Integrating Writing and Art: Authenticity in Descriptive Writing

We are always looking for ways to make writing more authentic for kids, and another teacher and I found just the way to do that while combining the fun and excitement of the October and November holidays. My third grade class teamed up with a second grade class down the hall. It started with the second graders creating a monster out of colored construction paper. They used a method that their teacher had taught them called “drawing with scissors.” Their teacher had taught them about a French artist named Henri Matisse who used this technique in his old age after he became ill.
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The second graders had a list of criteria that they had to follow to design their monsters. For example the monsters had to have a height between eight and 12 inches and a width between four and 8 inches. They also had to include an odd number of facial features and an even number of appendages. After designing their monsters, they wrote about them, describing them in as much detail as possible. Their teacher made sure to focus on beginning each sentence with a different word so that the students would learn sentence variety.
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Next, we gave the descriptions to my third graders who had to re-create the monsters using the “drawing with scissors” technique. We read about Henri Matisse together before reading the descriptions that the kids had written. They glued information sheets about Henri Matisse into their notebooks and we discussed the text features that were on those pages including captions, titles, and subtitles. I explained to the children that the second graders had had a list of criteria that they had to follow. They were to try to make the creatures based only on the descriptions that the second graders had written.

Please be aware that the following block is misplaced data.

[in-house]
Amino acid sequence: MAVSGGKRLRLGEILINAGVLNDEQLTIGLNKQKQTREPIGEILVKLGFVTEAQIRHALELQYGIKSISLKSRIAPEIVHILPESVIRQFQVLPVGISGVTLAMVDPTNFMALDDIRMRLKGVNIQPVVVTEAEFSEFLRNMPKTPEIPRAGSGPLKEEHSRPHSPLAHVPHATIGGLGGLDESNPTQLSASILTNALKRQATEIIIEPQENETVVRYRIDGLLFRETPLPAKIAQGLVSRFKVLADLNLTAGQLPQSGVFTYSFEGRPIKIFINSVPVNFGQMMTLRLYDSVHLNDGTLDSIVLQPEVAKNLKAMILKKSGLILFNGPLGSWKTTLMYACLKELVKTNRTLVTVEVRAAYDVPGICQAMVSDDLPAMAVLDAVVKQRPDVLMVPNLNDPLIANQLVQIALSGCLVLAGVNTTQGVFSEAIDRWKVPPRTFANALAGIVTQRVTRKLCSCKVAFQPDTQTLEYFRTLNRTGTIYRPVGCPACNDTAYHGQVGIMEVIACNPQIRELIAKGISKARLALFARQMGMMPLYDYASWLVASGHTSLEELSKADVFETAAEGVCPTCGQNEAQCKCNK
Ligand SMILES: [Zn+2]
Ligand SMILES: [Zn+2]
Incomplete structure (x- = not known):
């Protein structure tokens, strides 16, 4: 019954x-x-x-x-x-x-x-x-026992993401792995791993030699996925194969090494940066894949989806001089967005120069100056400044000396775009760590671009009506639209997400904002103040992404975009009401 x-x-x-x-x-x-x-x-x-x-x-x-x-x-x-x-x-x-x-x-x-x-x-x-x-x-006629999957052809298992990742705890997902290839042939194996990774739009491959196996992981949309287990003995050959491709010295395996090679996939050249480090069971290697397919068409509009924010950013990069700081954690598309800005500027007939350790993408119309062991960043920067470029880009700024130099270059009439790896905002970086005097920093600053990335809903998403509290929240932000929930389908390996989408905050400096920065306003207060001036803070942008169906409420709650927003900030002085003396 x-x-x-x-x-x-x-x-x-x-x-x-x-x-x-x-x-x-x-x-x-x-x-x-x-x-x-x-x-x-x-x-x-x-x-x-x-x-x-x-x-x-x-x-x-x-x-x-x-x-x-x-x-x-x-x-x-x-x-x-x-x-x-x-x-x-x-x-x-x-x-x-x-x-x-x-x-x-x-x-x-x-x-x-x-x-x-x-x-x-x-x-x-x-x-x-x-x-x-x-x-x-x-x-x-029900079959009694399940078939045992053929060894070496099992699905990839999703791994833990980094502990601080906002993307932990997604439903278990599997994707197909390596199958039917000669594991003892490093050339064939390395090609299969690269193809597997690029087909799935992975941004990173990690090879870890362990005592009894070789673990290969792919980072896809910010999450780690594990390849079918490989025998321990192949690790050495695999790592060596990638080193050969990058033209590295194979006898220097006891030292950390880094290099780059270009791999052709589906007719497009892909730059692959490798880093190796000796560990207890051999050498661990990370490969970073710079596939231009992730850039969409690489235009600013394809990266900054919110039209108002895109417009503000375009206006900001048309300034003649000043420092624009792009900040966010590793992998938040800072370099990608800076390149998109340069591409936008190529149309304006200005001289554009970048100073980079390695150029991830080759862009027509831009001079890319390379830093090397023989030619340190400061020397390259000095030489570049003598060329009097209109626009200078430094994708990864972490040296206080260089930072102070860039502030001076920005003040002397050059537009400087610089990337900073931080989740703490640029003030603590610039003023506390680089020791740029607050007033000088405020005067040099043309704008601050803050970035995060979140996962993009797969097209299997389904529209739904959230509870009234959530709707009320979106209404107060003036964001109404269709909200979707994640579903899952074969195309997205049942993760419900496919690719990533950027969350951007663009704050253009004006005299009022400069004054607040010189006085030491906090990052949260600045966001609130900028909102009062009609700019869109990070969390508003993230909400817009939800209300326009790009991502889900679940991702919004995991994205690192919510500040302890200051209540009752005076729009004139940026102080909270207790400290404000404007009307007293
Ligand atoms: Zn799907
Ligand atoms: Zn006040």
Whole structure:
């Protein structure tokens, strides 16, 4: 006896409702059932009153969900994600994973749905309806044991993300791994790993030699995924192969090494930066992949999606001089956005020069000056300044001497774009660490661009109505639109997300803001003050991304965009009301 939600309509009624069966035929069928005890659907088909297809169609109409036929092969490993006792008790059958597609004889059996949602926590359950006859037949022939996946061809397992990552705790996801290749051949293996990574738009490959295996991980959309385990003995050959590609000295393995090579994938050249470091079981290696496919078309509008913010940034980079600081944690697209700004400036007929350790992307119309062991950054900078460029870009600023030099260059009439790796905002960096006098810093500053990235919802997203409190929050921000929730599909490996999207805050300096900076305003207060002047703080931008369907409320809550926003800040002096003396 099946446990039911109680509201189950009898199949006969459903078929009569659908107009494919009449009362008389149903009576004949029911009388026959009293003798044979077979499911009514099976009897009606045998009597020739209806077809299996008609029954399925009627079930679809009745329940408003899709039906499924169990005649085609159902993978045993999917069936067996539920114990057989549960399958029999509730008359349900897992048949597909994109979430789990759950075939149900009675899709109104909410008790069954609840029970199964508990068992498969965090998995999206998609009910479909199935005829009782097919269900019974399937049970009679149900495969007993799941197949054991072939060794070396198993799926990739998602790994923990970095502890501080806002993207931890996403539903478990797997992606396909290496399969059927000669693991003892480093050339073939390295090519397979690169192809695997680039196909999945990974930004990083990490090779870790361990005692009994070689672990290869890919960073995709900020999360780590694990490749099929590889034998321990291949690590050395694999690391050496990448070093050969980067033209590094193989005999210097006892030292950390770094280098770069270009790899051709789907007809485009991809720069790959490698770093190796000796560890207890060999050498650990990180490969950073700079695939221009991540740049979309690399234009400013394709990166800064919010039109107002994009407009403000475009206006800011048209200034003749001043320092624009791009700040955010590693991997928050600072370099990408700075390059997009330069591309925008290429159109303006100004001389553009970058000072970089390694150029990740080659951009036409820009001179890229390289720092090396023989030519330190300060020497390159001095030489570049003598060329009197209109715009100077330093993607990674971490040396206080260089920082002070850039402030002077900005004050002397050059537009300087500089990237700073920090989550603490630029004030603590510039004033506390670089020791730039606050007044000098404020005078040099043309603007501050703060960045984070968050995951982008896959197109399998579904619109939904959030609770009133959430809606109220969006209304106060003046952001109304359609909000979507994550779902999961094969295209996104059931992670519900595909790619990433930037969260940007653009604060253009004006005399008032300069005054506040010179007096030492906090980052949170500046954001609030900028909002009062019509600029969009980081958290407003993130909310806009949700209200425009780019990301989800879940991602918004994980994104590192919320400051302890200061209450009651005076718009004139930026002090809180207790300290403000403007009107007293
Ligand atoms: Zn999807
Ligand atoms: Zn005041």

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I passed the descriptions to each child and I gave them a choice whether they wanted to work alone or with a partner. It was very interesting to listen to the conversation that the children had as they were trying to build the monsters based on the descriptions. There was much commentary on which kinds of details were helpful and which kind of details left you more confused. One student said, “This kid wrote that the monster has three eyes, but he didn’t say what color. So what color am I supposed to use?”
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After making their versions of the second graders’ monsters, we discussed the details that are most helpful in descriptions. We wrote a list of ideas on chart paper. Then with partners, kids had to go back to their seats and write an idea for a topic sentence that would include the main idea of a paragraph about the most helpful details in descriptions. I gave each set of partners a small pad of paper on which to write their idea for a topic sentence. After several minutes, we met back together to share ideas for topic sentences. We picked one topic sentence and I wrote it on the board in red. Then I told the students that they were going to finish the paragraph by adding four detail sentences to it. They could use the ideas that we had already written on chart paper or they could use their own. They could also choose to work with a partner on their paragraph or they could work by themselves. They had to write the topic sentence in red and then the detail sentences in pencil. As we are just starting to learn about how to write paragraphs we are doing a lot of shared writing and paired writing before I expect the students to do it completely independently. Students who feel ready, however, can work independently if they would like to.